Build You Own Web Framework In Go

When Martini was released, it quickly became the most popular Go web framework and it still is. But it is not idiomatic, it is slow and the concept is flawed, the author said it himself. It taught bad practices to a lot of new Go developers. Despite these facts, lots of developers are using it because it is very easy to get started with it and it's a very good reason!

Since then, most resources on writing web applications I've read are only about basic things, so I decided to write a series of articles on building your own web framework by using existing libraries or writing components from scratch. It will teach best practices to new Go web developers and remind older Go developers what best practices are for web development. This article serves as an introduction and a table of contents.

Remember that each project is unique and the best practices presented here may not be the most practical to a particular project. As long as your code is working and is maintainable, it's good enough. But when sharing code, it's best if everyone has more or less the same practices.

At the end of the series, you will understand not only the best practices of web development in Go but you will also know about different solutions for each problem a framework solves and be able to apply the right solution for each project.

What really are the features of a web framework

There are two main types of web frameworks. Rails-like frameworks with everything built-in so you can bootstrap your project really quickly. In Go there are some frameworks like this: Beego and Revel.

And there are Sinatra-like frameworks with a router and a few built-in features but you must bring your own ORM and lots of features have to be added. Most Go frameworks have adopted this style: Martini, Goji, Gin, gocraft/web, etc.

Frameworks vs Libraries

There has been a recent debate on using frameworks vs using libraries. I'm not against frameworks but I think Go has great small packages that we can make a framework of our own pretty easily. If you use Go on long-term projects, I think it is a wiser choice to do it yourself. If you want to learn Go, it is also better to understand how everything works. And that's what I will be talking about in the next part of the series. If you're not aware of this debate, look at these following articles:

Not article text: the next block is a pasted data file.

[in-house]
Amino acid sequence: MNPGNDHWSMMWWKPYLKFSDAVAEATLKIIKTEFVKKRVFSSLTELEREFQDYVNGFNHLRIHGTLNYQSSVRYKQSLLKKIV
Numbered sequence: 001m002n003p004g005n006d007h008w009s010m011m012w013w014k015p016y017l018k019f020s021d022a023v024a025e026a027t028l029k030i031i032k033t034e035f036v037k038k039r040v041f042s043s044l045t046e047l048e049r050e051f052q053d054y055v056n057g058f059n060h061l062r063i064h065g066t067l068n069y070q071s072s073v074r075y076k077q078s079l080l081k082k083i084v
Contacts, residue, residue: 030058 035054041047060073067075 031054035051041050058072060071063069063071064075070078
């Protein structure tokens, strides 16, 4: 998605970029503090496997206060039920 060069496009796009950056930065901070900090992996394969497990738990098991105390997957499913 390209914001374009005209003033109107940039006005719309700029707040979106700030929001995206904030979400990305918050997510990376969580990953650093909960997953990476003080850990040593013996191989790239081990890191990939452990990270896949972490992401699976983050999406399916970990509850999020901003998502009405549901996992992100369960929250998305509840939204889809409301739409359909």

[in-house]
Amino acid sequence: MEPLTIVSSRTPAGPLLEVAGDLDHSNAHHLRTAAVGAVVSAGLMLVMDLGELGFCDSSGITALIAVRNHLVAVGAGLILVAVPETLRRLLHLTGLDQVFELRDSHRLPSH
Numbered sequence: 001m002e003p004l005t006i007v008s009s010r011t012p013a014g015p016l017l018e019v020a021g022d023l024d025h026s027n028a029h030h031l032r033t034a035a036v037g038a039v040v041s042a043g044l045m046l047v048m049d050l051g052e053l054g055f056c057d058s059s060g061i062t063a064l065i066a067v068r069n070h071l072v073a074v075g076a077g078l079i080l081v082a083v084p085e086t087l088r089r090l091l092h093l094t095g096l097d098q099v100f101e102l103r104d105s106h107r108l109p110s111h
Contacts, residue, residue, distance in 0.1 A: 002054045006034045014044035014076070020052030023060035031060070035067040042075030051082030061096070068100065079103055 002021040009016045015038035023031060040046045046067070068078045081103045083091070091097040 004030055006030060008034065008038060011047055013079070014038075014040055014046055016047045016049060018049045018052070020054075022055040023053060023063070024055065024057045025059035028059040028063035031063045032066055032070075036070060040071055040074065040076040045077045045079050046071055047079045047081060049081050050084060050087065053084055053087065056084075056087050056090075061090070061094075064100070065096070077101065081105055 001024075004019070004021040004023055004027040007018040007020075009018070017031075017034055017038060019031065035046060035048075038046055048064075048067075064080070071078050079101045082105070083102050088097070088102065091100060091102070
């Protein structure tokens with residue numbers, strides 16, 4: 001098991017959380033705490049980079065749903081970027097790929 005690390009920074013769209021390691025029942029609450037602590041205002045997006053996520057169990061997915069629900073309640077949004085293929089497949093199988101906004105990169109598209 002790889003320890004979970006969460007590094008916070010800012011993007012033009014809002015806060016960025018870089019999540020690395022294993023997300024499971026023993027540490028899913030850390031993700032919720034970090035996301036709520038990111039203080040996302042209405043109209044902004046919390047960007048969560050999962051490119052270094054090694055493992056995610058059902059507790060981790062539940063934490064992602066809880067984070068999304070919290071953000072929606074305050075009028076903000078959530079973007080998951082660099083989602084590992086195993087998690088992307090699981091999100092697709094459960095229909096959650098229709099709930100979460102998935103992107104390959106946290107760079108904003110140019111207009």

Which features to include in our framework

We will focus on the latter type because covering every feature in Beego or Revel would mean writing an entire book on the subject!

A framework has 3 parts. A router receiving a request and directing it to a handler, a middleware system to add reusable pieces of software before and after the handler, and the handler processing the request and writing the response.

Middlewares handle:

  • error/panic
  • logging
  • security
  • sessions
  • cookies
  • body parsing

The current state of Go web frameworks

The problem with many Go web frameworks is that these components are made for one and only one framework. They are not inter-changeable. Yes you have just routers, or just middleware systems, or just middlewares and you might use them together if they're compatible with each other. But it's a very small minority of projects and it doesn't have enough visibility except for Gorilla which has still far less followers on Github than most other frameworks.

Go doesn't have a unified convention to handle middlewares like in Ruby (Rack), Node.js (Connect.js), Clojure (Ring) and other languages. Negroni, Goji, Gin, gocraft/web, etc, are all redefining how handlers and middlewares work. It's hard to re-use open-sourced middlewares, and it's hard to understand what are the best practices for a new developer.